Pennsylvania Ride Time
ATV and UTV media outlets were given a sneak peak ride at AOAA last summer when Kawasaki chose to show us the area. Our old racing buddy and fellow journalist, Lance Schwartz, is a local resident and served as tour guide for the outing, and he knew exactly the type of terrain we were looking for: challenging. As expected some of the trails were old mining haul roads and those are generally open and passable by most vehicles which make for easy, relaxed riding. Lance is a skilled tour guide, however, and it didn’t take him long to lead us to trails chock full of ruts, rocks, and hills to climb. Tight trails through the woods, mud sections, and creek crossings provide an excellent assortment of challenges and will be welcomed by most ATV and Side x Side riders. In some areas the trail wound up steep hills with severe drop-offs and dramatic views where you could see for miles. Surprisingly, we even found a huge, sandy area called appropriately “The Sands,” and there was even a hidden lake on the property! With Lance’s help, there was plenty of adventure and challenges for all, and he and Kathy claimed that about 200 miles of trails have already been created, with more to come.
On our summer ride, the area was heavily covered with the green canopy of the forest, but luckily we came back in the fall! On our fall outing to AOAA, we were invited by Dave Crowl, and this time our roving crew included Moxie Karasek and Rick Engle with our trusty Polaris Ranger 500. Along with Lance, Dave has been instrumental in working for the opening of AOAA and he would serve as our fall tour guide. Riding through the multi-hued, colorful leaves of fall showed a whole new side to Anthracite, and experiencing the endless views and fireworks-like color display from atop any of the high lookout points is nothing short of incredible. AOAA has more to discover than just great views, though. It has some very unique geological formations, including an enormous outcropping of exposed shale called the “Whaleback”. The Whaleback looks exactly like a half-submerged whale, but apparently this type of formation is so unique it’s been studied by geologists and universities from all over the country. Besides the natural geology, there are huge piles left behind from mining operations, and even some old equipment now resting silently, since the day it was retired from service, slowly being overtaken by nature. Winter, spring, summer or fall, AOAA has something to discover for all.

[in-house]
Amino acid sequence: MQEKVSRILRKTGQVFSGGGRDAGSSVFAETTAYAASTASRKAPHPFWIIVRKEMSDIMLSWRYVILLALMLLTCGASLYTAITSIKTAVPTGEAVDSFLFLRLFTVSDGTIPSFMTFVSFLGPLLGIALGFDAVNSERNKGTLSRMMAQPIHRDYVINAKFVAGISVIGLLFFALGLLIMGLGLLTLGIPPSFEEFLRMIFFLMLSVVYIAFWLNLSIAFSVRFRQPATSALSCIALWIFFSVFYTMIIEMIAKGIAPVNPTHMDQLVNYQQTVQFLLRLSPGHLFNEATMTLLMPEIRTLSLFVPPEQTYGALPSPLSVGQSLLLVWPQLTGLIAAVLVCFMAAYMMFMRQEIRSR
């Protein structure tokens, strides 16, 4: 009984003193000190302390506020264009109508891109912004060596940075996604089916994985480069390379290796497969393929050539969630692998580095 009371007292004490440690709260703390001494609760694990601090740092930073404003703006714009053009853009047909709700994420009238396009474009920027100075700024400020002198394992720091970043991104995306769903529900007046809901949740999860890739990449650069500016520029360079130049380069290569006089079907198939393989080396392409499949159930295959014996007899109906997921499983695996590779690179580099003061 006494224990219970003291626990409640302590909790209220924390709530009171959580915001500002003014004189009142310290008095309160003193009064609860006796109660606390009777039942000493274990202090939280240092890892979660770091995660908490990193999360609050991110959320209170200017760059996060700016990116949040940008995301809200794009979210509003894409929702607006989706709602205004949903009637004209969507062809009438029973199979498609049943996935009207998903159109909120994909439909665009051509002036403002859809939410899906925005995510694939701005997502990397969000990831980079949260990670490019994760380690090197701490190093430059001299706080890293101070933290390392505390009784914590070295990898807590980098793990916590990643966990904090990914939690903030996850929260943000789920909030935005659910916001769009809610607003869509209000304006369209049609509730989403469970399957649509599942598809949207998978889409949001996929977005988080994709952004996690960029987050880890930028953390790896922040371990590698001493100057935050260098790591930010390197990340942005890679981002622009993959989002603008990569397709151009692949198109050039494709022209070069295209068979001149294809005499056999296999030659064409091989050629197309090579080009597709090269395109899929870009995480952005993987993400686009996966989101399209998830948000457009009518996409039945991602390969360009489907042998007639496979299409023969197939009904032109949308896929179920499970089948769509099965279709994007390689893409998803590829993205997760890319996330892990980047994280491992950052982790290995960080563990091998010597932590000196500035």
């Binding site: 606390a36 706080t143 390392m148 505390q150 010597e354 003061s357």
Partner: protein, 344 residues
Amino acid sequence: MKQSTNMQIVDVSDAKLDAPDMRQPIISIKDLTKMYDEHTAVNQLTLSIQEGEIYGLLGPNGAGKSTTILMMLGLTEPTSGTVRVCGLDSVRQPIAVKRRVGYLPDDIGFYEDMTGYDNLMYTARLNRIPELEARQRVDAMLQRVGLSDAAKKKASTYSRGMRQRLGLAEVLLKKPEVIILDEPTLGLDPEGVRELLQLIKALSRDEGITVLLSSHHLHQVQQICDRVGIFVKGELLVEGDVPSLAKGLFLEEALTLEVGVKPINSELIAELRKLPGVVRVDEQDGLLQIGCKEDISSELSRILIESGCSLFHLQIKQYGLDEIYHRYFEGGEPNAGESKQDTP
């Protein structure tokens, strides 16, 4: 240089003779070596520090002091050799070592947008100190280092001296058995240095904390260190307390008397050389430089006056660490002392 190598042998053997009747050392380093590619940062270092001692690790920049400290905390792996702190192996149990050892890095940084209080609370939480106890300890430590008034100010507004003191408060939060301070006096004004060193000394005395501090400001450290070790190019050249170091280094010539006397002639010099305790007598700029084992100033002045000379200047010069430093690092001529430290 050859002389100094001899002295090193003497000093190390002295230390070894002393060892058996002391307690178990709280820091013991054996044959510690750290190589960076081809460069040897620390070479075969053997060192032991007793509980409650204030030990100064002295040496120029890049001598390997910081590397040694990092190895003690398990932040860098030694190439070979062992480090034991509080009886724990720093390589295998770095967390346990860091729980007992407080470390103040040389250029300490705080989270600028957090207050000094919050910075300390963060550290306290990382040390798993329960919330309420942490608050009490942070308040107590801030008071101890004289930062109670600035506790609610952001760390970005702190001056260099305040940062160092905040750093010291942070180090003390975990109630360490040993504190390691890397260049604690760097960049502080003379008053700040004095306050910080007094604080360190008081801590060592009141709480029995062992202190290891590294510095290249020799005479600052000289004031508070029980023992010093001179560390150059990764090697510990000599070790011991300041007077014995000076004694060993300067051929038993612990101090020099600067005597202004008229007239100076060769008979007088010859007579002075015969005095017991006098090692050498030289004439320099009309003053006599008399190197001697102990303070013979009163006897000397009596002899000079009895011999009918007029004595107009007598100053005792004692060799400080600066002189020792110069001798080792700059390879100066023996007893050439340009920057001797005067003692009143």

It takes a tremendous amount of work to create a new recreational area like the AOAA. It also takes dedicated individuals to do much of the ground work, State, County and local officials with the foresight and reason to address the concerns of all, and land management experts and agencies to craft a workable plan. We congratulate all those involved with the AOAA for those abilities and what you have created so far. When fully open there will be an entrance fee used for park management and maintenance. That’s to be expected with any self-sustaining park, and we’re sure most riders will definitely understand the value in it. The basic elements for success are already in place and they’ve got excellent local hotels, restaurants, and just about anything else a dirt-loving visitor could want. The same hills that held economic prosperity from natural resources now present excellent recreational opportunities whether on horseback, on foot, or on an ATV. We can’t wait to come back again!
For more info. check out:
Lehigh Valley ATV Association